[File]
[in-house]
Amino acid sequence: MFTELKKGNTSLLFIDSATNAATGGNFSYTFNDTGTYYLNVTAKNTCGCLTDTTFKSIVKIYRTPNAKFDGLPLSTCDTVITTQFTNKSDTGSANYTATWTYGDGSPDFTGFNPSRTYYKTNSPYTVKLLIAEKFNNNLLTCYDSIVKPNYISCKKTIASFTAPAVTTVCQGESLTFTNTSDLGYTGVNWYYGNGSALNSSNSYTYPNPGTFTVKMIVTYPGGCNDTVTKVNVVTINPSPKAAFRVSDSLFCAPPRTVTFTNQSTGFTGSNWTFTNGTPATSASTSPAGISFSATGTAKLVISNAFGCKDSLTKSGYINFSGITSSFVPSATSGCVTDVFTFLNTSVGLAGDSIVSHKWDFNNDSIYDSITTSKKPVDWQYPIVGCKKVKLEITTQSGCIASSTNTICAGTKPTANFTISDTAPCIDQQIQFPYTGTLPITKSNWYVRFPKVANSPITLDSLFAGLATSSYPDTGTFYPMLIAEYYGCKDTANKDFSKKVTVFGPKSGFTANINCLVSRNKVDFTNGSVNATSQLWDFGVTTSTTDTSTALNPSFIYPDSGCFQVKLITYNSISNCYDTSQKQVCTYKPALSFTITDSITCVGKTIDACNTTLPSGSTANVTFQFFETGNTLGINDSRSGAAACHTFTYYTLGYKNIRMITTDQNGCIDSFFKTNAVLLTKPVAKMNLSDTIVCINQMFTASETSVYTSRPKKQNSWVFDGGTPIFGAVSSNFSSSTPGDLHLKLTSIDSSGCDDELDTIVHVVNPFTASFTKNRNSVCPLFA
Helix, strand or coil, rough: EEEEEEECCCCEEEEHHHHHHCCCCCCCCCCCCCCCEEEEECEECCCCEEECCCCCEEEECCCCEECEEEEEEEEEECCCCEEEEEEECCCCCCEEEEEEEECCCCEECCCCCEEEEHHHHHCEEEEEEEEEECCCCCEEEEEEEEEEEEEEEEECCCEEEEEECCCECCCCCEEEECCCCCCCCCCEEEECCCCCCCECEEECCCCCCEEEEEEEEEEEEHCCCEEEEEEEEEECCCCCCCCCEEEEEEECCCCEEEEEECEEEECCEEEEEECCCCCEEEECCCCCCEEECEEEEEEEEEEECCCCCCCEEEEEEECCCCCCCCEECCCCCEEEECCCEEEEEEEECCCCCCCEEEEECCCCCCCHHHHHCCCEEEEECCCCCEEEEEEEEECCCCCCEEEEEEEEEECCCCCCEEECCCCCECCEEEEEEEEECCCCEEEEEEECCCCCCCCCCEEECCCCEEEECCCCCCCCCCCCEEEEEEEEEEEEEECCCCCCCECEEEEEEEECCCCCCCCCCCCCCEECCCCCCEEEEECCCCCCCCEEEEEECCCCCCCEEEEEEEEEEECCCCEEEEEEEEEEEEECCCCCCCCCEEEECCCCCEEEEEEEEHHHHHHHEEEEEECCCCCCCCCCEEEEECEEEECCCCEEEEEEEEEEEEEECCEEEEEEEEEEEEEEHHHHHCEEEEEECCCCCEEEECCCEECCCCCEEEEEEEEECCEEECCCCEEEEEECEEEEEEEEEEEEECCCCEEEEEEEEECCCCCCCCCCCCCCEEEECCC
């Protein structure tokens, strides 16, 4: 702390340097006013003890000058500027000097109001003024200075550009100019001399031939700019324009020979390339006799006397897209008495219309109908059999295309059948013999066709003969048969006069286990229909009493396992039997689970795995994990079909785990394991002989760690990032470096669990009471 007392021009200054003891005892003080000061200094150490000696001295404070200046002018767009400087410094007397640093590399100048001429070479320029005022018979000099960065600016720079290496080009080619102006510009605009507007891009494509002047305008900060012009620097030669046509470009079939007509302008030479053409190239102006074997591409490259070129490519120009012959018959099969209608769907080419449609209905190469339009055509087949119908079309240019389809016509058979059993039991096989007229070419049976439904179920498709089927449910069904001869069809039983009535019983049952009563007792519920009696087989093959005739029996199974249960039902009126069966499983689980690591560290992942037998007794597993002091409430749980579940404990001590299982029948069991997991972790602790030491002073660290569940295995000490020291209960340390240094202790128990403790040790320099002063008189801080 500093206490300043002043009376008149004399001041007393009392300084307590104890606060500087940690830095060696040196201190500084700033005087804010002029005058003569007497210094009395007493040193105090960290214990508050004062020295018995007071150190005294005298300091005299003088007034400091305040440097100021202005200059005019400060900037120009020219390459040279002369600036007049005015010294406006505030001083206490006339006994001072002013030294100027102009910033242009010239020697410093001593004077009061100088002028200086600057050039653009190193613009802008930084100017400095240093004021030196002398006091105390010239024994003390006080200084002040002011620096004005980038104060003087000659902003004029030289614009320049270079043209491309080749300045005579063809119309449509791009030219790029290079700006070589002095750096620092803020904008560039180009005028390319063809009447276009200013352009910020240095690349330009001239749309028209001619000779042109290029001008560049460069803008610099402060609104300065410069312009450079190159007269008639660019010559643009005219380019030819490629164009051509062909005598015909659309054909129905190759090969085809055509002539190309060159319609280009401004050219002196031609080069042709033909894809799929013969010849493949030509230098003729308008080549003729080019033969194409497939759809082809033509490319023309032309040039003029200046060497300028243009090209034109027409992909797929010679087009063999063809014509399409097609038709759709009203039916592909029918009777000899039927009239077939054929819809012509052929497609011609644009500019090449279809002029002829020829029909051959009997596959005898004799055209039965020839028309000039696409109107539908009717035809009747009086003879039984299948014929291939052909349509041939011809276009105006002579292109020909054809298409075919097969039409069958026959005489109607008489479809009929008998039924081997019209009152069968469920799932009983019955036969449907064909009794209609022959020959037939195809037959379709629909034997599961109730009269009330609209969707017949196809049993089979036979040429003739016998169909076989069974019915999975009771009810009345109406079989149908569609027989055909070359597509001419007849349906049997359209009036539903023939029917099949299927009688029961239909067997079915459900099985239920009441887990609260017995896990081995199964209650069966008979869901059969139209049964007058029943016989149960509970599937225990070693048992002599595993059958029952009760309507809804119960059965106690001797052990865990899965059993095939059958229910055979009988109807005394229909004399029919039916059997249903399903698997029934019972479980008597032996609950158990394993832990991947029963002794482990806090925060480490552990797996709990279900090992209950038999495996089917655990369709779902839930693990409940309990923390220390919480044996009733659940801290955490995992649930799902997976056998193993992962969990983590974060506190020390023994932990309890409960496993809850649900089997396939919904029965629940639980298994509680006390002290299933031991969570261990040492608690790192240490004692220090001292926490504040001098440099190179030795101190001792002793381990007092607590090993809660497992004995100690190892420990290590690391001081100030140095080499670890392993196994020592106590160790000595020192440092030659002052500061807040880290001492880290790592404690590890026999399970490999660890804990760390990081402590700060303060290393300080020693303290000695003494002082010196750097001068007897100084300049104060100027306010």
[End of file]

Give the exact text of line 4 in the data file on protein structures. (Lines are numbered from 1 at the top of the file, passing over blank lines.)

């Protein structure tokens, strides 16, 4: 702390340097006013003890000058500027000097109001003024200075550009100019001399031939700019324009020979390339006799006397897209008495219309109908059999295309059948013999066709003969048969006069286990229909009493396992039997689970795995994990079909785990394991002989760690990032470096669990009471 007392021009200054003891005892003080000061200094150490000696001295404070200046002018767009400087410094007397640093590399100048001429070479320029005022018979000099960065600016720079290496080009080619102006510009605009507007891009494509002047305008900060012009620097030669046509470009079939007509302008030479053409190239102006074997591409490259070129490519120009012959018959099969209608769907080419449609209905190469339009055509087949119908079309240019389809016509058979059993039991096989007229070419049976439904179920498709089927449910069904001869069809039983009535019983049952009563007792519920009696087989093959005739029996199974249960039902009126069966499983689980690591560290992942037998007794597993002091409430749980579940404990001590299982029948069991997991972790602790030491002073660290569940295995000490020291209960340390240094202790128990403790040790320099002063008189801080 500093206490300043002043009376008149004399001041007393009392300084307590104890606060500087940690830095060696040196201190500084700033005087804010002029005058003569007497210094009395007493040193105090960290214990508050004062020295018995007071150190005294005298300091005299003088007034400091305040440097100021202005200059005019400060900037120009020219390459040279002369600036007049005015010294406006505030001083206490006339006994001072002013030294100027102009910033242009010239020697410093001593004077009061100088002028200086600057050039653009190193613009802008930084100017400095240093004021030196002398006091105390010239024994003390006080200084002040002011620096004005980038104060003087000659902003004029030289614009320049270079043209491309080749300045005579063809119309449509791009030219790029290079700006070589002095750096620092803020904008560039180009005028390319063809009447276009200013352009910020240095690349330009001239749309028209001619000779042109290029001008560049460069803008610099402060609104300065410069312009450079190159007269008639660019010559643009005219380019030819490629164009051509062909005598015909659309054909129905190759090969085809055509002539190309060159319609280009401004050219002196031609080069042709033909894809799929013969010849493949030509230098003729308008080549003729080019033969194409497939759809082809033509490319023309032309040039003029200046060497300028243009090209034109027409992909797929010679087009063999063809014509399409097609038709759709009203039916592909029918009777000899039927009239077939054929819809012509052929497609011609644009500019090449279809002029002829020829029909051959009997596959005898004799055209039965020839028309000039696409109107539908009717035809009747009086003879039984299948014929291939052909349509041939011809276009105006002579292109020909054809298409075919097969039409069958026959005489109607008489479809009929008998039924081997019209009152069968469920799932009983019955036969449907064909009794209609022959020959037939195809037959379709629909034997599961109730009269009330609209969707017949196809049993089979036979040429003739016998169909076989069974019915999975009771009810009345109406079989149908569609027989055909070359597509001419007849349906049997359209009036539903023939029917099949299927009688029961239909067997079915459900099985239920009441887990609260017995896990081995199964209650069966008979869901059969139209049964007058029943016989149960509970599937225990070693048992002599595993059958029952009760309507809804119960059965106690001797052990865990899965059993095939059958229910055979009988109807005394229909004399029919039916059997249903399903698997029934019972479980008597032996609950158990394993832990991947029963002794482990806090925060480490552990797996709990279900090992209950038999495996089917655990369709779902839930693990409940309990923390220390919480044996009733659940801290955490995992649930799902997976056998193993992962969990983590974060506190020390023994932990309890409960496993809850649900089997396939919904029965629940639980298994509680006390002290299933031991969570261990040492608690790192240490004692220090001292926490504040001098440099190179030795101190001792002793381990007092607590090993809660497992004995100690190892420990290590690391001081100030140095080499670890392993196994020592106590160790000595020192440092030659002052500061807040880290001492880290790592404690590890026999399970490999660890804990760390990081402590700060303060290393300080020693303290000695003494002082010196750097001068007897100084300049104060100027306010």